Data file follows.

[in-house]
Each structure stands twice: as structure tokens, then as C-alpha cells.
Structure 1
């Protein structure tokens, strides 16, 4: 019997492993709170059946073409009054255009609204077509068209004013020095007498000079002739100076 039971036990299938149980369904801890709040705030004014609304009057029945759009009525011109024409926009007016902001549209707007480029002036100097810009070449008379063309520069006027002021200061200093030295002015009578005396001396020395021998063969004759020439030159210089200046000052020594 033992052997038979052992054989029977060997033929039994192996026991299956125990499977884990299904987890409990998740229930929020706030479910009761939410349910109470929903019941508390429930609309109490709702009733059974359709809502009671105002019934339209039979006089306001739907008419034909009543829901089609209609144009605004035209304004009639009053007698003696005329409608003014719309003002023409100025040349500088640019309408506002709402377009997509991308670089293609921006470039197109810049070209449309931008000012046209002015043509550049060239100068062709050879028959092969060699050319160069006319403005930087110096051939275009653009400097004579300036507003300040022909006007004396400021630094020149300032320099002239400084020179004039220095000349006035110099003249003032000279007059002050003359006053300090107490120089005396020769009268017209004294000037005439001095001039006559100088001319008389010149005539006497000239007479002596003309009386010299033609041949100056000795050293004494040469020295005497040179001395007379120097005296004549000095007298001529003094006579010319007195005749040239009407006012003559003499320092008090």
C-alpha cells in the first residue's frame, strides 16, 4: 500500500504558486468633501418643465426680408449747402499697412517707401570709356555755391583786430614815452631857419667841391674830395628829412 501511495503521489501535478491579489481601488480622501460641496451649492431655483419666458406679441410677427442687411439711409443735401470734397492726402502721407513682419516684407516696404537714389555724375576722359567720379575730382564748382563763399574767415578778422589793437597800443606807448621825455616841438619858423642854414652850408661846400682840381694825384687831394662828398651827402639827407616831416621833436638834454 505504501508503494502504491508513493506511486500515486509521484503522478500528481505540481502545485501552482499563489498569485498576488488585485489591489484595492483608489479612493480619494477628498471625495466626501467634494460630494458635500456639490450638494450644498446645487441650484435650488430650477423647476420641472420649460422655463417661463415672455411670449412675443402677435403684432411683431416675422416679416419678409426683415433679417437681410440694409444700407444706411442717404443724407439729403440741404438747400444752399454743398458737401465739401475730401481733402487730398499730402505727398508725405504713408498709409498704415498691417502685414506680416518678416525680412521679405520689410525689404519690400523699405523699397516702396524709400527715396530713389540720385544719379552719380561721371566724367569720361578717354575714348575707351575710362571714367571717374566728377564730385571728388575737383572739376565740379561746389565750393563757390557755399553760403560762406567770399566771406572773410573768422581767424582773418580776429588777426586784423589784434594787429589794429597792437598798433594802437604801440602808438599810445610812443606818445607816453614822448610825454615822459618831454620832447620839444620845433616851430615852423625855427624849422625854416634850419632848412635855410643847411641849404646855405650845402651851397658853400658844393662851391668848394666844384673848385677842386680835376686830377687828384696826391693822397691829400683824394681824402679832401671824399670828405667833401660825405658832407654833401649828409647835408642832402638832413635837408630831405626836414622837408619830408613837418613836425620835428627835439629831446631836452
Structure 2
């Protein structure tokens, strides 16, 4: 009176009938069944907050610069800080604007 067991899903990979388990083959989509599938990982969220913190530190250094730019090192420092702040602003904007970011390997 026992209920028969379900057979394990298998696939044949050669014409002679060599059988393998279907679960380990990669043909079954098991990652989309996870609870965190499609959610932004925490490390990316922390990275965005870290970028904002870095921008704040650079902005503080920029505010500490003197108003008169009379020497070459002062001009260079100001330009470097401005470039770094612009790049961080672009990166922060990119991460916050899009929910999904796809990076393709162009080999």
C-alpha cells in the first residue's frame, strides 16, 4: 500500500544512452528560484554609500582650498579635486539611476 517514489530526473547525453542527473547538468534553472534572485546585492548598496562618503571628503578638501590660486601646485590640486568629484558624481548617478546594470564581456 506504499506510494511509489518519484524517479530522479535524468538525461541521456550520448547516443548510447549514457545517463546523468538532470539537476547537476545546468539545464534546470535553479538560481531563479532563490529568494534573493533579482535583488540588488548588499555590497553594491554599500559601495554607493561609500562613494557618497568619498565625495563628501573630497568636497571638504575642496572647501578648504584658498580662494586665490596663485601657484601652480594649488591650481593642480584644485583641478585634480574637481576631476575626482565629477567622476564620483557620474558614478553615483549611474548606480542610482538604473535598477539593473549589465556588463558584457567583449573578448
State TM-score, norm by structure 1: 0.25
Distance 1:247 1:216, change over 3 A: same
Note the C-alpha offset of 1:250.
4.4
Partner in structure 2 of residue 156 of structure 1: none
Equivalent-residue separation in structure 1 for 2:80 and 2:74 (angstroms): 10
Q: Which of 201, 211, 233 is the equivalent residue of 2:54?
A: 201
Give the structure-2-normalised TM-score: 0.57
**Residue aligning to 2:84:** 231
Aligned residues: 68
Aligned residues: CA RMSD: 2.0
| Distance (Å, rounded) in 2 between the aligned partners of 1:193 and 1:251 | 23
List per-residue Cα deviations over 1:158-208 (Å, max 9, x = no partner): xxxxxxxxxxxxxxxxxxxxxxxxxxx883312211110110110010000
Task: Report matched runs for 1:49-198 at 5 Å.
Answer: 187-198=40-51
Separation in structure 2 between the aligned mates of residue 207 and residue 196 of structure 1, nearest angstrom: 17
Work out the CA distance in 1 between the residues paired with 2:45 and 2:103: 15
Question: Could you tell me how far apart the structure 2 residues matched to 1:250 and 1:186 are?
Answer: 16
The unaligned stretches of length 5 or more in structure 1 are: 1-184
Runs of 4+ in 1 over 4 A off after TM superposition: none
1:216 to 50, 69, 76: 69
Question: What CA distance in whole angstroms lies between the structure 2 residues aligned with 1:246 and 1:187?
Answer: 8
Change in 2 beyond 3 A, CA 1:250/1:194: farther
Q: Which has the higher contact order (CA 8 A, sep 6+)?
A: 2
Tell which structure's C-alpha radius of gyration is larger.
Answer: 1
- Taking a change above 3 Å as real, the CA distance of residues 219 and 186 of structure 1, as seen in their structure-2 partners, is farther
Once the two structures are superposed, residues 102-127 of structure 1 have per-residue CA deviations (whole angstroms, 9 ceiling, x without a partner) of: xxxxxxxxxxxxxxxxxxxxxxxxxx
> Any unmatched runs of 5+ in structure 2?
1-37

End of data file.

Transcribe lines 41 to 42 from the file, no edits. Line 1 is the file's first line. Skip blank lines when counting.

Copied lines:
> Any unmatched runs of 5+ in structure 2?
1-37